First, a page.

“It used to be easy. Me Mediator. Here sword. Mediator stick sword in bad guy. Ugh.” – Ayala Storme, Storm in a Teacup (Ayala Storme Series, Book One)
Snork. Yeah. “Mediator.” What a sweet word for such a brutal excuse for a life. Ayala has been a ‘Mediator’ literally since birth, when she popped out of her mother’s womb and the nurses caught a look at her violet eyes. No more momma for Ayala. Instead, she gets swords and training, blood and death, from the time she is old enough to hold her first tiny little wooden sword and poke at all the other little violet-eyed babies snatched from their mothers at birth. Nothing like losing the genetic lottery. Especially in a world overrun with demon spawn from the six and a half hells.
Stuck in Nashville and the surrounding environs, effectively leashed by the violent seizures that debilitate her should she step outside her territory, there will never be beaches or mountains for Ayala. No trips to Venice, to Egypt, to New Orleans. Instead, her life is a cycle of her day job in advertising, home, out to slaughter, back home to wash away the demon goo – maybe a bit of television, then bed, only to start the cycle all over again in the morning. Well, until she finally slips up and gets dead. It’s going to happen one day, that’s a given. And, with the way things are going, that whole ‘slip up and get dead’ thing could come sooner than she expected.
You see, things are a’changin’ – from Cincinnati to Nashville and further south, demons aren’t just nightcrawlers anymore. Nope. The critters are coming out into the sunlight. And what is happening may be more than even the Summit, the coalition of Mediators from around the world, can handle. Instead, they may all get very dead, in very bloody, very nasty ways.
Or, is that truly the case? Because something here is truly, awesomely weird. And Ayala is right in the middle of it. Are her friends truly her friends? Or her enemies truly her enemies? The lines are changing, the world she knows turned into an acid trip of immense proportions. Only Ayala has the key to what is really going on. And if she doesn’t do something, and do it fast, well, the innocent are going to die while the evil? Well, the evil will get exactly what they want – and the Summit and its mediators could very well be guilty of willful genocide of the very innocents they are supposed to protect. But is Ayala smart enough, strong enough, to stop the horror before it occurs?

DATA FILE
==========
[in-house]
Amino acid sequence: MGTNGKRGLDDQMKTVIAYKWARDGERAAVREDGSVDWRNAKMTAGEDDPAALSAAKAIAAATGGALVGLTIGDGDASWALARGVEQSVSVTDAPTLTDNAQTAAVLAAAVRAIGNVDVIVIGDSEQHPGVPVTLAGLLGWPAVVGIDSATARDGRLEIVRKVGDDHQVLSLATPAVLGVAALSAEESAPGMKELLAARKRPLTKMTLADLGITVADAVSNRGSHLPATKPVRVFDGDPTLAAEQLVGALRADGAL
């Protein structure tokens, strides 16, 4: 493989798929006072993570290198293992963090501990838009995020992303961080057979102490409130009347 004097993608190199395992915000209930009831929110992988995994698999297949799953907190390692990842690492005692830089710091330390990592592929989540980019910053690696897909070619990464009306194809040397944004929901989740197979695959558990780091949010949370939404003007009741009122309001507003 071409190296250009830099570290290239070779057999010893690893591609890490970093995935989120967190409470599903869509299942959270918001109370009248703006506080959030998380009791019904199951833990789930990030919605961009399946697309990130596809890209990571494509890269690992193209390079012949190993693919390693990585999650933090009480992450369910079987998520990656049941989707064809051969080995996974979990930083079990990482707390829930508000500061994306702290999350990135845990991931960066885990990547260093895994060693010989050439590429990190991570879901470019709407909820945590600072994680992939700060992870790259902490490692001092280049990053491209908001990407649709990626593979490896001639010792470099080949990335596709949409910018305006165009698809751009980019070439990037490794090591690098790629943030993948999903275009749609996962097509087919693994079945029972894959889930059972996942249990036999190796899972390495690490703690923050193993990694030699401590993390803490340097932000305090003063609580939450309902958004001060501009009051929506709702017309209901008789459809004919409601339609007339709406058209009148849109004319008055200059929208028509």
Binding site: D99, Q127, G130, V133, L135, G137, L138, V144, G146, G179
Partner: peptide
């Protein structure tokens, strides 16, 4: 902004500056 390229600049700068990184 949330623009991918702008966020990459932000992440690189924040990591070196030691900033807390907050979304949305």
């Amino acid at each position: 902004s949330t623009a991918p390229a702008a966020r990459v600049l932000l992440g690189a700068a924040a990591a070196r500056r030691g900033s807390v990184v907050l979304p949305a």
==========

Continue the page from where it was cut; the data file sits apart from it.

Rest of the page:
I feel a deep and abiding admiration for Ayala. She is far from perfect. And who can blame her? You come out of your mother’s womb into a world where you are indoctrinated into a worldview of “We are right and good and all else is evil that must be eradicated at all costs” (wow, that sounds really familiar, doesn’t it?) she suddenly had to decide for herself what truly constitutes good and evil – and what she is willing to sacrifice to take a stand. She is immensely likable overall, snarky and focused by turns, by turns gentle and vicious, a mature woman with deeply held personal beliefs of her own, no matter the voices screaming at her at every turn, trying to hold her to their own ideals, whether good or evil. There are the common elements here of good storytelling. Pride, avarice, and the evil and downright ‘stoo-pidity’ and sheer bullheadedness of humanity in all its ridiculous glory steps front and center, handled with a deft and believable hand. Overall, highly enjoyable.
The Kindle edition has Audible Narration available if you like. Amber Benson reads, and she is always marvelous, so if you like narration I can recommend it. And narration is only $1.99, a real steal for a good listen for a cold winter evening. I read instead, and as I got to Read for Free on Kindle Unlimited? Bonus! The next is “Any Port in a Storm” and yes, I did just return this one and downloaded the next. Woo hoo, baby. Try it, I dare ya. Only, be prepared to stay up through the night . . .